Mario Bava was a true cinematic genius even if his output ranged from inspired to ropey. His properly accredited debut, La maschera del demonio, aka Black Sunday, was released in 1960 and during a major year for horror movies (Psycho, Peeping Tom, etc.). In my forthcoming monograph on the film, I take a look at how La maschera del demonio presented the genre with a new dreamlike style; how Barbara Steele's depiction of Asa/Katia charged horror cinema with a new found eroticism, and how influential the movie would become to 1960s horror flickers and beyond.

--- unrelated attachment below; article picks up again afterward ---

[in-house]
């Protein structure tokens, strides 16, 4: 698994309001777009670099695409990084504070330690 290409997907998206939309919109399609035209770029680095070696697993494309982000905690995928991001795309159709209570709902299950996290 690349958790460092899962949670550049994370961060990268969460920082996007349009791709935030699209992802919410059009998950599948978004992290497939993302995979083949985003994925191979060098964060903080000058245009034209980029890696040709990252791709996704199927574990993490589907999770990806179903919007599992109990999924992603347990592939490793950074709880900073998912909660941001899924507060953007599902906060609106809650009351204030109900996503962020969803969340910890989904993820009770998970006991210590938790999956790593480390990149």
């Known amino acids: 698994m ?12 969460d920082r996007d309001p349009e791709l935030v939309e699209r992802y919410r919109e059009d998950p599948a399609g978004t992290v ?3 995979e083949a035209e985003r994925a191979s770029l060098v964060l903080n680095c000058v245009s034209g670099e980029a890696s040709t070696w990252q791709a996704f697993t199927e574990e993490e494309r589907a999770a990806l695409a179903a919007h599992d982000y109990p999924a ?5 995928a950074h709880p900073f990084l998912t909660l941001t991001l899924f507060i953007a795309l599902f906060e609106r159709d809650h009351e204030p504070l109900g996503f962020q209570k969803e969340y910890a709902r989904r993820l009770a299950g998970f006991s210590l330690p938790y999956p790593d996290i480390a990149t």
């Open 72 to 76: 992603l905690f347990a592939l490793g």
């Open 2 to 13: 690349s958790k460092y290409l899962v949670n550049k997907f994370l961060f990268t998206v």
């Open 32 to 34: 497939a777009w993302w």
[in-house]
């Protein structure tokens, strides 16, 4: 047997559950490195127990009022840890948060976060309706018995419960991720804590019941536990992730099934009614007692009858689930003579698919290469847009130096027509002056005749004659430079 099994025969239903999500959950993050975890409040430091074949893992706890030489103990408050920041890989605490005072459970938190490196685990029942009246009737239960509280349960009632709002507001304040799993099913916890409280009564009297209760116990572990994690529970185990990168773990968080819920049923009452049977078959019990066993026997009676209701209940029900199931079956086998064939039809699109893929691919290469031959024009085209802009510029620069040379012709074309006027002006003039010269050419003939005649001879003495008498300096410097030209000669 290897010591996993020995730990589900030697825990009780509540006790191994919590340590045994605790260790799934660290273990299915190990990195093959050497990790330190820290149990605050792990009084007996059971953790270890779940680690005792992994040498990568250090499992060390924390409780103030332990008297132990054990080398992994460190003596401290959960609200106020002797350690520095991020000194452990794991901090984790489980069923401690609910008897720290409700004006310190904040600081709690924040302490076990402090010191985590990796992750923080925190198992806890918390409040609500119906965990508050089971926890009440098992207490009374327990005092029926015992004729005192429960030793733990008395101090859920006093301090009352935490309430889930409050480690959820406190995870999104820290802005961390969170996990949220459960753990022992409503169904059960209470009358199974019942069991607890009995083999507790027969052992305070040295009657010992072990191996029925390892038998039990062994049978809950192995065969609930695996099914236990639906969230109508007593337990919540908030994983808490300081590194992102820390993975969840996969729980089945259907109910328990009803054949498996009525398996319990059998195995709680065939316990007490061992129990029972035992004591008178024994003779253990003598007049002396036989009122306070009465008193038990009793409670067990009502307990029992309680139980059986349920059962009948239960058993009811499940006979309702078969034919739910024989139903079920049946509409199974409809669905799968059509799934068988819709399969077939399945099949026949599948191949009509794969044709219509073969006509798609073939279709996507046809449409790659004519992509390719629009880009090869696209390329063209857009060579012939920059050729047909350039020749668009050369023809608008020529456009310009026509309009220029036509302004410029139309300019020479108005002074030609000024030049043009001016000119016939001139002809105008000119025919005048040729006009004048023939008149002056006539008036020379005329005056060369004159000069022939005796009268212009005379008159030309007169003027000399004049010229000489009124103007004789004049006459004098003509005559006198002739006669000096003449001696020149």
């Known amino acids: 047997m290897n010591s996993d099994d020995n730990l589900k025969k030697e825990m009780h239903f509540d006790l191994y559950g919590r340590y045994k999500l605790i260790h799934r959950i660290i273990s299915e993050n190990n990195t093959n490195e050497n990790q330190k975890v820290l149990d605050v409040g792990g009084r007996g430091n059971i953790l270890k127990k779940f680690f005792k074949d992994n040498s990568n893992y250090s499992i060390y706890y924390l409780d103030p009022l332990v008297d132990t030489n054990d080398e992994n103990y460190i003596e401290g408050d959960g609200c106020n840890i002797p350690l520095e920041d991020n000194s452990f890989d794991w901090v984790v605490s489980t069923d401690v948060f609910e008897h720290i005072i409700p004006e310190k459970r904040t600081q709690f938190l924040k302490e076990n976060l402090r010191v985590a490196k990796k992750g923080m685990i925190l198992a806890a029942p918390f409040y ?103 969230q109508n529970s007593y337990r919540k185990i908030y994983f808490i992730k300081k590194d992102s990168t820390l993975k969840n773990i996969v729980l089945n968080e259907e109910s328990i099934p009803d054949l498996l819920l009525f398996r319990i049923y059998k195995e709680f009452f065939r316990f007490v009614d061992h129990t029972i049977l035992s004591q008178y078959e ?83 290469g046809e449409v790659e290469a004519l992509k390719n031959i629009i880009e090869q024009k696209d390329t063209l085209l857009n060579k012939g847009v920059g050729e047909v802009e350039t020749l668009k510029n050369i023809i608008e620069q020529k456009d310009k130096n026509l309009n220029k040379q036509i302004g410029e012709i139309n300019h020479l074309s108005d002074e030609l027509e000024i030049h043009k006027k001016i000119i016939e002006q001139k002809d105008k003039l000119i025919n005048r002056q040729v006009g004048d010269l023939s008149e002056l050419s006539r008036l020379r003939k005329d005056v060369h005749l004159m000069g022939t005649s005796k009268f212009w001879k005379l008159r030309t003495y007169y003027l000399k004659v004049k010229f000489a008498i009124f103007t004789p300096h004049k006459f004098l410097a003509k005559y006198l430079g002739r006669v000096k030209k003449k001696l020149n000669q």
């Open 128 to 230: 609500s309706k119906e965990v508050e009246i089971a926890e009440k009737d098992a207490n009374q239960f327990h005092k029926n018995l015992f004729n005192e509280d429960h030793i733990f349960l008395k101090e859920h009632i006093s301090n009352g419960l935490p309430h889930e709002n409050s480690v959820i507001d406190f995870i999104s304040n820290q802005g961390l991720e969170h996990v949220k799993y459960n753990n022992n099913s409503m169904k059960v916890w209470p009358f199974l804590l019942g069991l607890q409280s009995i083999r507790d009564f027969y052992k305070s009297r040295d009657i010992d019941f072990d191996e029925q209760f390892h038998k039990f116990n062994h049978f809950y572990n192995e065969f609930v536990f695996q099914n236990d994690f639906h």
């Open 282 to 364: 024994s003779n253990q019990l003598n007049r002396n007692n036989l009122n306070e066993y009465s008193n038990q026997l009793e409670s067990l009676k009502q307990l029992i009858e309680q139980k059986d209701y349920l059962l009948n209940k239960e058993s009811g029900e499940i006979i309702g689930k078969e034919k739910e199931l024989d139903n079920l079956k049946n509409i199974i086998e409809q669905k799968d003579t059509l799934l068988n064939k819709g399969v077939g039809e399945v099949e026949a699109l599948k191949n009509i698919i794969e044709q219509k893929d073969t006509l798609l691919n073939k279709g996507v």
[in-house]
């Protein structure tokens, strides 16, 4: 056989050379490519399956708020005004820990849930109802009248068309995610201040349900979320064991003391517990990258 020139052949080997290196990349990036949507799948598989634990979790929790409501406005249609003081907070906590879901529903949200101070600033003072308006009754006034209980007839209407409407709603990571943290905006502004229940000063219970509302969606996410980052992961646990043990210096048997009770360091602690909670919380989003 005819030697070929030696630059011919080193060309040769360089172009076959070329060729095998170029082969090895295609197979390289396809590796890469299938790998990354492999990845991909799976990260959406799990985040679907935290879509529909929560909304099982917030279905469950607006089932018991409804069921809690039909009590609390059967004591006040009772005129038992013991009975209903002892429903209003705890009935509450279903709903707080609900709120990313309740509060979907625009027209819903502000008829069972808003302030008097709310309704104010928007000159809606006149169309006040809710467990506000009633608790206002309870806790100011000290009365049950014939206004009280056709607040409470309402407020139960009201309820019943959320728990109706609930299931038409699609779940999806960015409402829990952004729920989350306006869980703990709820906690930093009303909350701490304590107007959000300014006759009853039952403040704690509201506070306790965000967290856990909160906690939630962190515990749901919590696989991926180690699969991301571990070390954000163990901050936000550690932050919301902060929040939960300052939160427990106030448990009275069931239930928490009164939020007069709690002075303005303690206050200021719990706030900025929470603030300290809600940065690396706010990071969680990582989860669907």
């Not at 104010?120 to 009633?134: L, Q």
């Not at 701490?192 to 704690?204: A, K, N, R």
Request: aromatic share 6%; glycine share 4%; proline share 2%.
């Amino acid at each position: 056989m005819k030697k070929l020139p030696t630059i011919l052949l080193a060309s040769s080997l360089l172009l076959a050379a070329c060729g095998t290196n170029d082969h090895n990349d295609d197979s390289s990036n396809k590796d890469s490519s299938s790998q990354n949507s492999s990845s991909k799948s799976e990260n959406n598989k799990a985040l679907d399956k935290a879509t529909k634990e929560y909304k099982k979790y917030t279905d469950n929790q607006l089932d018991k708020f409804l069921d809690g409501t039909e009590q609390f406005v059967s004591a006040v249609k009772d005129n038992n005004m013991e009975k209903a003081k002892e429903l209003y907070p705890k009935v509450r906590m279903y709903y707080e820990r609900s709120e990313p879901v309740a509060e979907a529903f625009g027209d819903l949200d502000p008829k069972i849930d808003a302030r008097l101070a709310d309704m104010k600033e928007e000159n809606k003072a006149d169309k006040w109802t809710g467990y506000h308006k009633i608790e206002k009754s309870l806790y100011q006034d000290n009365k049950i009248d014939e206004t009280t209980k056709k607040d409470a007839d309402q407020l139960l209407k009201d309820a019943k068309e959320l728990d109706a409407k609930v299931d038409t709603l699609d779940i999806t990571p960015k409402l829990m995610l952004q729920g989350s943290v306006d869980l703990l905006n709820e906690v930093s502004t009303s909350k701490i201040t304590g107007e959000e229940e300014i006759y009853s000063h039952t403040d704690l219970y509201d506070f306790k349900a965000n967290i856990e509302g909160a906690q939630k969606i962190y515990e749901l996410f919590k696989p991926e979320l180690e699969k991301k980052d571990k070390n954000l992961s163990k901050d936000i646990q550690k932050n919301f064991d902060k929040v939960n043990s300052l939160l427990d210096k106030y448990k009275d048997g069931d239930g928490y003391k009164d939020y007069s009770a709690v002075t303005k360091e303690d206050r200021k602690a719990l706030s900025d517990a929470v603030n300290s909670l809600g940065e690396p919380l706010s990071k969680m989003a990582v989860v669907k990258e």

I've written the Black Sunday monograph for the Devil's Advocates series published by Auteur Publishing. It will be published on 30th October and available via stores and online. In the USA, it will be distributed by Columbia University Press.
Having written the Black Sunday monograph for the series, I join the likes of Anne Billson and Neil Mitchell, so I'm in rather awesome company. The book is released 30th October. If you're a fan of Bava or Black Sunday and wish to explore the movie in-depth, then, of course I recommend it!
Pre-order link: amazon/blacksunday